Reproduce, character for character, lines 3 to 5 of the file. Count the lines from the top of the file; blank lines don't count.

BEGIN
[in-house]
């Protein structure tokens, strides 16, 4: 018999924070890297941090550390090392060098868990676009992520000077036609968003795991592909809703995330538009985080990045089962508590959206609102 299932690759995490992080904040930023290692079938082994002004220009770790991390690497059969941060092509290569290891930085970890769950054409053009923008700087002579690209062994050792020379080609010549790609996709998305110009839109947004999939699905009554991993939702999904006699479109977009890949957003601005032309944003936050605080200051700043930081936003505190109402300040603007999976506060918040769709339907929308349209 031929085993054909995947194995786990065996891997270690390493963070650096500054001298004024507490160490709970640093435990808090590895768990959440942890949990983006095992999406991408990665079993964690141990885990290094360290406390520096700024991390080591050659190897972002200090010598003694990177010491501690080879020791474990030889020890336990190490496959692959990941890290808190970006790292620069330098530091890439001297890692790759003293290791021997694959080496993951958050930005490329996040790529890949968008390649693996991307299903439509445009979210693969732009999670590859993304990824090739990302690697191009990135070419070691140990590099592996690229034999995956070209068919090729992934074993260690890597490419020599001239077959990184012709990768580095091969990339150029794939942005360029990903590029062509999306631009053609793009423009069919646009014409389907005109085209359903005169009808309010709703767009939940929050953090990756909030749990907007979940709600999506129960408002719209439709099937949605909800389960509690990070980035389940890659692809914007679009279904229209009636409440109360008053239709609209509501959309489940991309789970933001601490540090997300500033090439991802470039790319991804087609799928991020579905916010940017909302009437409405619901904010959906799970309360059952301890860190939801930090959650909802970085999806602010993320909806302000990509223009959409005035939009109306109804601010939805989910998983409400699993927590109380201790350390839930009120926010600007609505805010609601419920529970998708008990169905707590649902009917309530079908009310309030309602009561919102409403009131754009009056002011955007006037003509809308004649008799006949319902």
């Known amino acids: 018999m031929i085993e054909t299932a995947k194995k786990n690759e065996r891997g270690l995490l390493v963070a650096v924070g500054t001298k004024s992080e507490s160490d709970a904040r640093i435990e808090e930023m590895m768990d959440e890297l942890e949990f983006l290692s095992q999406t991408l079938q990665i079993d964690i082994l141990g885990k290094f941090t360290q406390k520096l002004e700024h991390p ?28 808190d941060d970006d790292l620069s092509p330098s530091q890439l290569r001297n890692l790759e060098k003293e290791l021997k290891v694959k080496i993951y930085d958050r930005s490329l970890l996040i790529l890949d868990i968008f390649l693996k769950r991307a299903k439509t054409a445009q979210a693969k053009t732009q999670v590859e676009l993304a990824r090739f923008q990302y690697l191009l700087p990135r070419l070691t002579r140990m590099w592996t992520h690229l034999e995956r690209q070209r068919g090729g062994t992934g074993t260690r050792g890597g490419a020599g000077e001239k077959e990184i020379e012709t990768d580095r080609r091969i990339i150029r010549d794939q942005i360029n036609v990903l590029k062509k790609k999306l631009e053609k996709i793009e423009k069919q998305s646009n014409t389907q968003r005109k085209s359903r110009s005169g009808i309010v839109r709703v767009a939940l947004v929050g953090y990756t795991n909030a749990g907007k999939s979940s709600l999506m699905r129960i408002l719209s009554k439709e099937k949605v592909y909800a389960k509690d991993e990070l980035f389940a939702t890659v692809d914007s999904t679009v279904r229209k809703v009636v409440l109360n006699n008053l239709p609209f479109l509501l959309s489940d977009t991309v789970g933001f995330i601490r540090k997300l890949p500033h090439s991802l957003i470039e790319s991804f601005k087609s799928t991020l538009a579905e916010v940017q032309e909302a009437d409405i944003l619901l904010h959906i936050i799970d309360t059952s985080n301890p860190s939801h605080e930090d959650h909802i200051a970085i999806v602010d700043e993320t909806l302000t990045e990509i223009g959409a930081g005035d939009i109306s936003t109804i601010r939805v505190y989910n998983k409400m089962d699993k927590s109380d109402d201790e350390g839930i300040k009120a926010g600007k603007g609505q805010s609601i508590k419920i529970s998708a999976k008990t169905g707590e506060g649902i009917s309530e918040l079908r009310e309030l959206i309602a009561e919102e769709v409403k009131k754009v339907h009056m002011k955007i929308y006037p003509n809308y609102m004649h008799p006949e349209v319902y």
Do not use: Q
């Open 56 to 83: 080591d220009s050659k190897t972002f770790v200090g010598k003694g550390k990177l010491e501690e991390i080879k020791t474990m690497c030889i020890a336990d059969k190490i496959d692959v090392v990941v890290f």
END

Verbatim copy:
């Known amino acids: 018999m031929i085993e054909t299932a995947k194995k786990n690759e065996r891997g270690l995490l390493v963070a650096v924070g500054t001298k004024s992080e507490s160490d709970a904040r640093i435990e808090e930023m590895m768990d959440e890297l942890e949990f983006l290692s095992q999406t991408l079938q990665i079993d964690i082994l141990g885990k290094f941090t360290q406390k520096l002004e700024h991390p ?28 808190d941060d970006d790292l620069s092509p330098s530091q890439l290569r001297n890692l790759e060098k003293e290791l021997k290891v694959k080496i993951y930085d958050r930005s490329l970890l996040i790529l890949d868990i968008f390649l693996k769950r991307a299903k439509t054409a445009q979210a693969k053009t732009q999670v590859e676009l993304a990824r090739f923008q990302y690697l191009l700087p990135r070419l070691t002579r140990m590099w592996t992520h690229l034999e995956r690209q070209r068919g090729g062994t992934g074993t260690r050792g890597g490419a020599g000077e001239k077959e990184i020379e012709t990768d580095r080609r091969i990339i150029r010549d794939q942005i360029n036609v990903l590029k062509k790609k999306l631009e053609k996709i793009e423009k069919q998305s646009n014409t389907q968003r005109k085209s359903r110009s005169g009808i309010v839109r709703v767009a939940l947004v929050g953090y990756t795991n909030a749990g907007k999939s979940s709600l999506m699905r129960i408002l719209s009554k439709e099937k949605v592909y909800a389960k509690d991993e990070l980035f389940a939702t890659v692809d914007s999904t679009v279904r229209k809703v009636v409440l109360n006699n008053l239709p609209f479109l509501l959309s489940d977009t991309v789970g933001f995330i601490r540090k997300l890949p500033h090439s991802l957003i470039e790319s991804f601005k087609s799928t991020l538009a579905e916010v940017q032309e909302a009437d409405i944003l619901l904010h959906i936050i799970d309360t059952s985080n301890p860190s939801h605080e930090d959650h909802i200051a970085i999806v602010d700043e993320t909806l302000t990045e990509i223009g959409a930081g005035d939009i109306s936003t109804i601010r939805v505190y989910n998983k409400m089962d699993k927590s109380d109402d201790e350390g839930i300040k009120a926010g600007k603007g609505q805010s609601i508590k419920i529970s998708a999976k008990t169905g707590e506060g649902i009917s309530e918040l079908r009310e309030l959206i309602a009561e919102e769709v409403k009131k754009v339907h009056m002011k955007i929308y006037p003509n809308y609102m004649h008799p006949e349209v319902y």
Do not use: Q
């Open 56 to 83: 080591d220009s050659k190897t972002f770790v200090g010598k003694g550390k990177l010491e501690e991390i080879k020791t474990m690497c030889i020890a336990d059969k190490i496959d692959v090392v990941v890290f």